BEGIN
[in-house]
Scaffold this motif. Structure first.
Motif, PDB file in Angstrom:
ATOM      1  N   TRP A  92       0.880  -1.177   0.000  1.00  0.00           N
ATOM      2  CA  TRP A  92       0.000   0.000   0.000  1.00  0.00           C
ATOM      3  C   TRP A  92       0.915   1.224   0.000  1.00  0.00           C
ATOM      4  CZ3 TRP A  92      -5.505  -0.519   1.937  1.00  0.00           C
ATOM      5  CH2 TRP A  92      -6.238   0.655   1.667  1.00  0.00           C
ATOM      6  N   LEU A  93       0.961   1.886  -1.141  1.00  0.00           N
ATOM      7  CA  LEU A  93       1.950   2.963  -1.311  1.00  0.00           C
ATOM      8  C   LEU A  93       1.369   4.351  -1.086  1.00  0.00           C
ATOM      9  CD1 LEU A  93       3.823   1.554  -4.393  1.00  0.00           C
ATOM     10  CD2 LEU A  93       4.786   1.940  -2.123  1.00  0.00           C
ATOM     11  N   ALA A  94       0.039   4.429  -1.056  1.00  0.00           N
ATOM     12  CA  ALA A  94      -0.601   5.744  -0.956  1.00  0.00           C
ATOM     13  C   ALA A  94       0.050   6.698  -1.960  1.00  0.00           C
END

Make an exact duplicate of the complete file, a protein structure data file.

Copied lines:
[in-house]
Scaffold this motif. Structure first.
Motif, PDB file in Angstrom:
ATOM      1  N   TRP A  92       0.880  -1.177   0.000  1.00  0.00           N
ATOM      2  CA  TRP A  92       0.000   0.000   0.000  1.00  0.00           C
ATOM      3  C   TRP A  92       0.915   1.224   0.000  1.00  0.00           C
ATOM      4  CZ3 TRP A  92      -5.505  -0.519   1.937  1.00  0.00           C
ATOM      5  CH2 TRP A  92      -6.238   0.655   1.667  1.00  0.00           C
ATOM      6  N   LEU A  93       0.961   1.886  -1.141  1.00  0.00           N
ATOM      7  CA  LEU A  93       1.950   2.963  -1.311  1.00  0.00           C
ATOM      8  C   LEU A  93       1.369   4.351  -1.086  1.00  0.00           C
ATOM      9  CD1 LEU A  93       3.823   1.554  -4.393  1.00  0.00           C
ATOM     10  CD2 LEU A  93       4.786   1.940  -2.123  1.00  0.00           C
ATOM     11  N   ALA A  94       0.039   4.429  -1.056  1.00  0.00           N
ATOM     12  CA  ALA A  94      -0.601   5.744  -0.956  1.00  0.00           C
ATOM     13  C   ALA A  94       0.050   6.698  -1.960  1.00  0.00           C